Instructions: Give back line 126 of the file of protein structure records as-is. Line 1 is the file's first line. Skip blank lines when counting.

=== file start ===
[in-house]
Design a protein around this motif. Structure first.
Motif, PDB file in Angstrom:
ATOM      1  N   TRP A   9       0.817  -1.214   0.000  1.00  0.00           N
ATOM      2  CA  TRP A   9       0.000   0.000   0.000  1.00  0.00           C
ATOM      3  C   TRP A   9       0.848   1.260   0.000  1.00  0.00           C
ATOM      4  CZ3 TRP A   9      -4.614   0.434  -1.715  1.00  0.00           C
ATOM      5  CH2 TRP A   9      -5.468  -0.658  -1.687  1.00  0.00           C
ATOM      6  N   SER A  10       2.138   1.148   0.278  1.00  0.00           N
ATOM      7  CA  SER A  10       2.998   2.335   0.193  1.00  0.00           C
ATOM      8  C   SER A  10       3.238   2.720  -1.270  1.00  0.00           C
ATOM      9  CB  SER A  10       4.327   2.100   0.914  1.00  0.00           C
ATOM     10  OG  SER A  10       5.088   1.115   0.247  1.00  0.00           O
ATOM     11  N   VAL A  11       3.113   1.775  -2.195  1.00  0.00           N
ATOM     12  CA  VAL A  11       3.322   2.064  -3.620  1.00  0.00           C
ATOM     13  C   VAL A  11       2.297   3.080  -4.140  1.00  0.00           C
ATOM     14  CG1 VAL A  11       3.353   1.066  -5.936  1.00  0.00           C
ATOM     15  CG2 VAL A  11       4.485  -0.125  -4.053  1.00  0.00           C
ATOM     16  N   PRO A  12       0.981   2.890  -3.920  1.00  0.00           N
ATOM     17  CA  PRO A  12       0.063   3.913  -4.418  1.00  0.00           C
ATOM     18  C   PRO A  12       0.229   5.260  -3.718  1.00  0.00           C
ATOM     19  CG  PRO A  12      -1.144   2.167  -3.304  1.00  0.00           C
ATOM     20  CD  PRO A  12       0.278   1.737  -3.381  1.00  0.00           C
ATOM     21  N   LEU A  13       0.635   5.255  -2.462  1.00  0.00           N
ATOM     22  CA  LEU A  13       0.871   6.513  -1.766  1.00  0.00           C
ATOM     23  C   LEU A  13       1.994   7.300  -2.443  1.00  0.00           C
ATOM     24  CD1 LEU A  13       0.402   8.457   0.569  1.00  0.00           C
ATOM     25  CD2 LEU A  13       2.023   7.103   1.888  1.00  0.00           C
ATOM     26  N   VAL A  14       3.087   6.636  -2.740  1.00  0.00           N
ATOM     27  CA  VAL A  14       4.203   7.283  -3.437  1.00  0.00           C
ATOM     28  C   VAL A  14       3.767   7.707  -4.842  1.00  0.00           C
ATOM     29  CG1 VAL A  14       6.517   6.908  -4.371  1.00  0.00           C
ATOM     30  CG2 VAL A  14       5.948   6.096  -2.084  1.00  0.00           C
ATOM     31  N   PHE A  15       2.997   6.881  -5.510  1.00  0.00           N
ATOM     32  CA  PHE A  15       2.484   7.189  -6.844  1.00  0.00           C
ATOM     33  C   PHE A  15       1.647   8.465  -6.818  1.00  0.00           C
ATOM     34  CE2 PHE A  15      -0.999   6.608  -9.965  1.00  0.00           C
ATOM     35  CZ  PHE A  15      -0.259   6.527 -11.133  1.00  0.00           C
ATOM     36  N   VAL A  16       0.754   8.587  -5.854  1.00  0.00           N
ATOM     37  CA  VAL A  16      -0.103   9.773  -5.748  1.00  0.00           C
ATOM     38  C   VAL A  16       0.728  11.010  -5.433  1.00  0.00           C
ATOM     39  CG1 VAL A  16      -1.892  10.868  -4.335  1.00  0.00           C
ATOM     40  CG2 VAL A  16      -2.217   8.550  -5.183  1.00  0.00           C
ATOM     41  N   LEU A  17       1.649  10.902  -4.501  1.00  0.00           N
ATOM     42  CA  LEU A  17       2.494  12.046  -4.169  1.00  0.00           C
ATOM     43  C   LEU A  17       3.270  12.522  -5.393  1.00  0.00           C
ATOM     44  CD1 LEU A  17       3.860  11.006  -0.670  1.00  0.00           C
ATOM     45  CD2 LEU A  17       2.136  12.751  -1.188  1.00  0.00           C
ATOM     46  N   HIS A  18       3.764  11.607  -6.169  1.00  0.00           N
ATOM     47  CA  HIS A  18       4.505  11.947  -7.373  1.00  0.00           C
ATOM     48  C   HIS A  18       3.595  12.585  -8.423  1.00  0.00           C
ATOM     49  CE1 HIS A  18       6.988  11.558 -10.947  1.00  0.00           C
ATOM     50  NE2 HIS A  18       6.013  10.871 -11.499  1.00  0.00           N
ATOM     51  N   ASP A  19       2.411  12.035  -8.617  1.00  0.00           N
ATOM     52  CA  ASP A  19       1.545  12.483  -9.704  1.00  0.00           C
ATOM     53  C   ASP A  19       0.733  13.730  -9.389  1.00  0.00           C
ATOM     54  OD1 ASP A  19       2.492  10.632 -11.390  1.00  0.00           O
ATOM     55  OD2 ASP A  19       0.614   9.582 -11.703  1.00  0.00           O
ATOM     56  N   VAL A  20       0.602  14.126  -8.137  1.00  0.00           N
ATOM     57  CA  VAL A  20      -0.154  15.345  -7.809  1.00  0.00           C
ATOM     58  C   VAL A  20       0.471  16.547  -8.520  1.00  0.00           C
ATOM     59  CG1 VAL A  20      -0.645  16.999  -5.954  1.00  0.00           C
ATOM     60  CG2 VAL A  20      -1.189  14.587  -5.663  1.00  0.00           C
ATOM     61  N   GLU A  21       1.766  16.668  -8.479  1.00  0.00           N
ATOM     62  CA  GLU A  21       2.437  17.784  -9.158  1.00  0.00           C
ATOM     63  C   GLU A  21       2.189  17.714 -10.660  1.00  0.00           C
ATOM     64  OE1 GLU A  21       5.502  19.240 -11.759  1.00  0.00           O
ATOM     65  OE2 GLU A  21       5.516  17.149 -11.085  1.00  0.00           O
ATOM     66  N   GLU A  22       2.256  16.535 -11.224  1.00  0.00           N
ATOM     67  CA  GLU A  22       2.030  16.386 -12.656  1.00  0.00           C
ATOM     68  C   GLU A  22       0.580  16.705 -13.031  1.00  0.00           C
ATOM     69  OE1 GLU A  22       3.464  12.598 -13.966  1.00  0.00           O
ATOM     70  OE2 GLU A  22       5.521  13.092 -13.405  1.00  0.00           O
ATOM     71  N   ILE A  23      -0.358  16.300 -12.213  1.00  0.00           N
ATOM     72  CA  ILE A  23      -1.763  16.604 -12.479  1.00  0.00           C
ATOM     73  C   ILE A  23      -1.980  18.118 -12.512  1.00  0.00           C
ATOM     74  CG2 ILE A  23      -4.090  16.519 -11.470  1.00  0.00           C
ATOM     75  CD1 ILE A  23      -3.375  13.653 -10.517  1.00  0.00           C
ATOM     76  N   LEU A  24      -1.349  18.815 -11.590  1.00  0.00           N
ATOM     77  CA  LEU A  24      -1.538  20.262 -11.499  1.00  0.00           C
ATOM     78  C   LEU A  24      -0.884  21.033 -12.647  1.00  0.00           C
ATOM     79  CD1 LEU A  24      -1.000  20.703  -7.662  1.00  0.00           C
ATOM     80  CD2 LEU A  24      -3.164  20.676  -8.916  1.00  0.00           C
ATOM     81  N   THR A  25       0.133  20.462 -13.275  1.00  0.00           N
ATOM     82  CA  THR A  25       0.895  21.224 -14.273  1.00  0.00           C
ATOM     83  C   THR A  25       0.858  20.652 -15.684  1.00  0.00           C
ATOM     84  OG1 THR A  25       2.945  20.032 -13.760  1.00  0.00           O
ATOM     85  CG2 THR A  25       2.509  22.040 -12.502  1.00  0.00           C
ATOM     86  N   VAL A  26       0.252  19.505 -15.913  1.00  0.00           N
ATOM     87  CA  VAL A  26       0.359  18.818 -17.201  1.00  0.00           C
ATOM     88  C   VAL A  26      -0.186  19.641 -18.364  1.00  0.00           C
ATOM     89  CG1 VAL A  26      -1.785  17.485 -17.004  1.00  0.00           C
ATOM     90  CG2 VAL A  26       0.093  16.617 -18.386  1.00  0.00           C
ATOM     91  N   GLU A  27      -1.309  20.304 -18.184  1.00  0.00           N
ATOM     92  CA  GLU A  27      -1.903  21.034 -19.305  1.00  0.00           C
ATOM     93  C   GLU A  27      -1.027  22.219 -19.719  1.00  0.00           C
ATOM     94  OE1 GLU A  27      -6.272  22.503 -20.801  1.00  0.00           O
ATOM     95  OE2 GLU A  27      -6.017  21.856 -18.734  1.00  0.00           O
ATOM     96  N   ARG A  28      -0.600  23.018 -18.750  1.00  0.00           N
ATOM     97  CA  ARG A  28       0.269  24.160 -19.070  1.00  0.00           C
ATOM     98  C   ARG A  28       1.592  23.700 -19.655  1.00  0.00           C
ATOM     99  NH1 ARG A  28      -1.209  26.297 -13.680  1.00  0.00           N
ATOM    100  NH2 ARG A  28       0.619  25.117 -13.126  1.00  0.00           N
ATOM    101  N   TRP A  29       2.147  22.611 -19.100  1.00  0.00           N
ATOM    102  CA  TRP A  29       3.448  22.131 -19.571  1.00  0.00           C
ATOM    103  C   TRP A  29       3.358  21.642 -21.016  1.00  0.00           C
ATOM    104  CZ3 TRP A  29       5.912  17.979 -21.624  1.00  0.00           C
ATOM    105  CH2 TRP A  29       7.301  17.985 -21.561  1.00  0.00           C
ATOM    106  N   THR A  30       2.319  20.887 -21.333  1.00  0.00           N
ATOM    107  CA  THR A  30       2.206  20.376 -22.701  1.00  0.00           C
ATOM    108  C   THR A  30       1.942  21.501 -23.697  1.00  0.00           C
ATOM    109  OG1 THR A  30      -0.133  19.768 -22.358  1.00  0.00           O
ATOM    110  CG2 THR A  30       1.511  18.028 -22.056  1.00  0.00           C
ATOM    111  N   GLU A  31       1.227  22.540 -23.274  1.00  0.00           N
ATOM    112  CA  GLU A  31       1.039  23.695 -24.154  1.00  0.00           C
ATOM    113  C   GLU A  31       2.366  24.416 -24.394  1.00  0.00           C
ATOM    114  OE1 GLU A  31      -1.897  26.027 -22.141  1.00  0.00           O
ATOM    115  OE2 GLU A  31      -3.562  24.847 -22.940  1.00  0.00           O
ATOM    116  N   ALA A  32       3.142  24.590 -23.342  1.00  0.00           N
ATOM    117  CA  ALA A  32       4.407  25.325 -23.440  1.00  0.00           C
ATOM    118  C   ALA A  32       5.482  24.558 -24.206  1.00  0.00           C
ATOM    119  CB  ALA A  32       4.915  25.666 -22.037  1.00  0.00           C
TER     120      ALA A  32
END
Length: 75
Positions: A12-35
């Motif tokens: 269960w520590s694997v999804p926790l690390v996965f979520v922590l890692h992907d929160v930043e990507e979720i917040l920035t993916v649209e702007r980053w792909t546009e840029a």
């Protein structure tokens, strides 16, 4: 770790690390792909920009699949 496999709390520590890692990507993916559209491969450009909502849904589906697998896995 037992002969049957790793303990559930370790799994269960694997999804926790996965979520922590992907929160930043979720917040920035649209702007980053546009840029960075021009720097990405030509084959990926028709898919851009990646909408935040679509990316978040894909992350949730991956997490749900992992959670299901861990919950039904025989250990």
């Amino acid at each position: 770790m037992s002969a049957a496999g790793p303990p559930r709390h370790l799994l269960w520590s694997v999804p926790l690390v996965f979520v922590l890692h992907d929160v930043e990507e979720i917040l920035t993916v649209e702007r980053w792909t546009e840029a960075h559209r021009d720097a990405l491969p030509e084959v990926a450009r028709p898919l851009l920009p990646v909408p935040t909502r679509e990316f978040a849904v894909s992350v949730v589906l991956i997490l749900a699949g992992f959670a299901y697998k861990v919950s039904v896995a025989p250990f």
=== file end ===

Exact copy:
Positions: A12-35